Clement is known for his portrait paintings of women, featuring a Nigerian hair tie known as Gele but with a twist. The hair tie worn by the women in his paintings are made of Ankara, a fabric is popularly worn across the nation. His paintings do justice to the beauty of the Nigerian women.

6. There Was A Time by Patrick Akpojoto

Patrick Akpojoto is a young contemporary artist whose technique is genius. His paintings and drawings feature real-life elements made up of irregular shapes and dimensions to form a bigger picture. His work forces you to look closer. His piece ‘There Was A Time’ lands him a spot on our list of iconic Nigerian art because the intricacies of the subject are magnificent.

In this piece, it is easy to identify bricks, nails, benches, a building, wall corners, however, a deeper look shows you a man, hunched over penning down words of his time. 

7. Wealth of Nation: Ogoini Nine by Victor Ehikhamenor

Victor Ehikhamenor is a renowned artist from Edo State, Nigeria. With artistry in his lineage, Victor’s family has covered the Oba of Benin and royal ceremonies for decades. Wealth of Nation: Ogoni Nine by Victor Ehikhamenor tells the story of Ogoni land, the source of the wealth of the Nigerian nation. Ogoni Nine refers to the nine brave activists from Ogoni Region, Nigeria, who opposed the Royal Dutch Shell oil corporation.

The members included outspoken author and playwright Ken Saro-Wiwa, Saturday Dobee, Nordu Eawo, Daniel Gbooko, Paul Levera, Felix Nuate, Baribor Bera, Barinem Kiobel, and John Kpuine who were executed in 1995 by the military government at the time. The iconic piece carries a very important message, as it shows faces and struggles, for one thing, oil.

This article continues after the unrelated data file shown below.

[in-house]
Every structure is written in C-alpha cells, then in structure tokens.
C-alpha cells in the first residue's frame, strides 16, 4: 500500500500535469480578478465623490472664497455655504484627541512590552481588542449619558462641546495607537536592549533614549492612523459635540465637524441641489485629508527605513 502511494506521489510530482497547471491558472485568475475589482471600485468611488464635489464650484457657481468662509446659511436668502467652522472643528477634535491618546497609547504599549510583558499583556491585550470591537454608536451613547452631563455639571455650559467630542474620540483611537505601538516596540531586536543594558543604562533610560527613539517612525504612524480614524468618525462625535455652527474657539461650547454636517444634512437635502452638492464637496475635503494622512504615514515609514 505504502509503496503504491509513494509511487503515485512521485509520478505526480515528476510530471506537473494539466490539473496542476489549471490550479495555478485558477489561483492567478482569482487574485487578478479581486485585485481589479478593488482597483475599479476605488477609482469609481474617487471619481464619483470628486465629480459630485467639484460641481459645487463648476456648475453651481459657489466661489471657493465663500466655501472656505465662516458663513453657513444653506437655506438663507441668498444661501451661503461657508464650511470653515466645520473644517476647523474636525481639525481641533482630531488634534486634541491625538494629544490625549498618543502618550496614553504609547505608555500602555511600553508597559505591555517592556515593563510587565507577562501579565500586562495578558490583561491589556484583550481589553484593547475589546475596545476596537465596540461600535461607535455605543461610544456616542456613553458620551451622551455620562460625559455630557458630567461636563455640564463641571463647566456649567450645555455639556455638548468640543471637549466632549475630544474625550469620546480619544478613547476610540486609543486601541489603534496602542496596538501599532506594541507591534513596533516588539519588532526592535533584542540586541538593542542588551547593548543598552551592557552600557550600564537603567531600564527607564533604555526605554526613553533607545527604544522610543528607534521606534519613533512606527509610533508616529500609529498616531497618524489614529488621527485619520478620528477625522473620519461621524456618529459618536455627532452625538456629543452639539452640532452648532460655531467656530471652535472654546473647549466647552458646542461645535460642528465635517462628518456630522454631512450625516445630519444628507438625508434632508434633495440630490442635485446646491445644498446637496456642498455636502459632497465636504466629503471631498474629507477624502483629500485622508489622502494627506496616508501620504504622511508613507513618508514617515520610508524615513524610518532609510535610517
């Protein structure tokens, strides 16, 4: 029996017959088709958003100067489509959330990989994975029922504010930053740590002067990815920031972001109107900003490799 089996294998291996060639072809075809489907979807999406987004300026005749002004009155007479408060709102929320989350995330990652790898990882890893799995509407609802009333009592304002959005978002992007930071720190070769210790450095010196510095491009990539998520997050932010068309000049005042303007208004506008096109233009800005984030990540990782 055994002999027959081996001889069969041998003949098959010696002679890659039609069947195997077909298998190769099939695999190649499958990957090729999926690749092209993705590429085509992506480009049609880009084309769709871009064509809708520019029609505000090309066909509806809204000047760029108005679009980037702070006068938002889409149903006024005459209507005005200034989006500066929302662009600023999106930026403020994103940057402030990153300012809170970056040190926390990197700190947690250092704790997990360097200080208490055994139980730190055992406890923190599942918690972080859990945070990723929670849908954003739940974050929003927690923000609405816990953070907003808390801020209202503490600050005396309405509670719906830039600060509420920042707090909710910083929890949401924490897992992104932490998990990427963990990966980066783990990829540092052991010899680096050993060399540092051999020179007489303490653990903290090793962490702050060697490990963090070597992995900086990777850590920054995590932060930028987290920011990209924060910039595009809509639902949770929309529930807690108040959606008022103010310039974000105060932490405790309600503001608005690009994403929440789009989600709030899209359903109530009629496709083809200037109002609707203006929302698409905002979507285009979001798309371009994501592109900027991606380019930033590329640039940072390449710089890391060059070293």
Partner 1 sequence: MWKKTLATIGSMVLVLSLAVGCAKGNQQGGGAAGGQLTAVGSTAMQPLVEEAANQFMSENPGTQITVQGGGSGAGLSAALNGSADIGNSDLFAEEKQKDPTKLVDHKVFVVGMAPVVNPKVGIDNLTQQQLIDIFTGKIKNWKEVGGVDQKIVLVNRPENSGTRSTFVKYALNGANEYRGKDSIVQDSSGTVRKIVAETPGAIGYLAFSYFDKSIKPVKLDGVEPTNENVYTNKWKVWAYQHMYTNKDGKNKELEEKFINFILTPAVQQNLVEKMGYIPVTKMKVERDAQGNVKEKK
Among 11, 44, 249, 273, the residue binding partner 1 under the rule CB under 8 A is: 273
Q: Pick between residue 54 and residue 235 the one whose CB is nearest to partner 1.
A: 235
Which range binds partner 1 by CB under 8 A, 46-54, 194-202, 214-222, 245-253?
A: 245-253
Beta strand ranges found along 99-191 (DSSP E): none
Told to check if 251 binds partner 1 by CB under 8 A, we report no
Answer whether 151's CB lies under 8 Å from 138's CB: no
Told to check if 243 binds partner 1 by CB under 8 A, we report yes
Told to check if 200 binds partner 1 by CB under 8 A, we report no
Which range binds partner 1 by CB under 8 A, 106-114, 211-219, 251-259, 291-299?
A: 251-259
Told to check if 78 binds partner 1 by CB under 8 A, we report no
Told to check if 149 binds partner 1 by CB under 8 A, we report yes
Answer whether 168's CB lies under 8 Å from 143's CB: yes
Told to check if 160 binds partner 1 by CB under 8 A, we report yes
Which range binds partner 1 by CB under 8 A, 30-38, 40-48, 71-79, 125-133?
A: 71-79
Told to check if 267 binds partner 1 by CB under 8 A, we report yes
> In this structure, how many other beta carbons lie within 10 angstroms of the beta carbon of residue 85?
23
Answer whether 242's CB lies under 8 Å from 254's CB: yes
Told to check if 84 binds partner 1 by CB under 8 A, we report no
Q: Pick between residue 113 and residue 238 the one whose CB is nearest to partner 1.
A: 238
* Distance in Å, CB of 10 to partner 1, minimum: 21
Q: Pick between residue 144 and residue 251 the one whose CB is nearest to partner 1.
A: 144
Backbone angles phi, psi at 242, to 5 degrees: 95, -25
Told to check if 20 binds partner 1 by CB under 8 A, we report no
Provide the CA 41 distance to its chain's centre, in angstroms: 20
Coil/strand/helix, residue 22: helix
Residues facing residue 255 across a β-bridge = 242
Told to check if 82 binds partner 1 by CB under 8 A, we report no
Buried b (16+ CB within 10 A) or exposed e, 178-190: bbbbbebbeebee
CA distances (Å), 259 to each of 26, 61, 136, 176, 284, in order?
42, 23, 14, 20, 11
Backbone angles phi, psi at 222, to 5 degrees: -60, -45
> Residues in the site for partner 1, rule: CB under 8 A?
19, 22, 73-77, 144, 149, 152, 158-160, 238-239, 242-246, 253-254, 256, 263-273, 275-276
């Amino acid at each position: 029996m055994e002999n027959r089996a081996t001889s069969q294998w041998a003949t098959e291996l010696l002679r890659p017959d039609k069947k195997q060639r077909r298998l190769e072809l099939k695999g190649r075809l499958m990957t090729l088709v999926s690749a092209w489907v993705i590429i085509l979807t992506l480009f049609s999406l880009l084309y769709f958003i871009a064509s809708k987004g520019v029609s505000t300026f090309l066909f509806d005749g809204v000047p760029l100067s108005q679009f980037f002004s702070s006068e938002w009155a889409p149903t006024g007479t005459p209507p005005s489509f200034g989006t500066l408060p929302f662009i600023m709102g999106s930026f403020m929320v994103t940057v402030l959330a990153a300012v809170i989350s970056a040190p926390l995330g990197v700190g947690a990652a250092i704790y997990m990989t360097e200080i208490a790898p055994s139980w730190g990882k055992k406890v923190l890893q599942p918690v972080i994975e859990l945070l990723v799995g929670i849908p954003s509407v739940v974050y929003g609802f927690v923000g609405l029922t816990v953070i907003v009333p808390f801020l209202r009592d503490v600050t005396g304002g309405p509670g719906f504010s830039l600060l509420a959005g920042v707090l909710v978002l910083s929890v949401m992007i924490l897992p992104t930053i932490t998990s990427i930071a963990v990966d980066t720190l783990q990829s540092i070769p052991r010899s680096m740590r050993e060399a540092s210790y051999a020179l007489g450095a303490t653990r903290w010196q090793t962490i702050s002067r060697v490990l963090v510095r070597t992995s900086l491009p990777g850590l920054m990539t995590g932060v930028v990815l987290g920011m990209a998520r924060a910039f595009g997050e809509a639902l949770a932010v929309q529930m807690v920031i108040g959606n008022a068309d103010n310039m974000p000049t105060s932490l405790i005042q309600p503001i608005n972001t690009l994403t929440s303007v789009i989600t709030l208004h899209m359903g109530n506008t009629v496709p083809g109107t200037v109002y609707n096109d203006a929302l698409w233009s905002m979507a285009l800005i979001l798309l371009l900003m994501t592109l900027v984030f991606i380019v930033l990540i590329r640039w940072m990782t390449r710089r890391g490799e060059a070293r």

8. Nok Art

Nok Art refers to the artwork created by the Nok people, now present-day Kaduna State, the Nok art gives you a glimpse into the arts and culture of the Nok people. The art pieces were discovered in 1929 during archaeological excavations and its magnificence is undeniable.

The most prominent Nok art pieces are the terra-cotta figures and terra-wita heads. Terra-cotta in itself means baked clay. These artworks remain iconic because they hold the key to the knowledge of a group of people who existed in Nigeria before history as we know it.

9. PoloPlayers by Sam Ebohon

‘Polo Players’ by Sam Ebohon, is an iconic piece of Nigerian art that speaks to the eye of color. His fragmented painting style is unmatched with each stroke playing an important part. True to his own words, remove a stroke and it changes everything.

This work of art is iconic because it opens your mind to a whole new world. Looking at this painting by Sam Ebohon, a picture of Aristocrat Lagos comes to mind.

10. The Last Supper by Bruce Onobrakpeya

The Last Supper is truly a masterpiece. The printmaker, painter, and sculptor that is Bruce Onobrakpeya, literally cemented his name in art history with this piece.

Call it detailing at its finest, this piece is perfectly engraved in wood. Each part of the board tells a story and a message so divine as you inevitably interpret it in line with the biblical account of the last supper.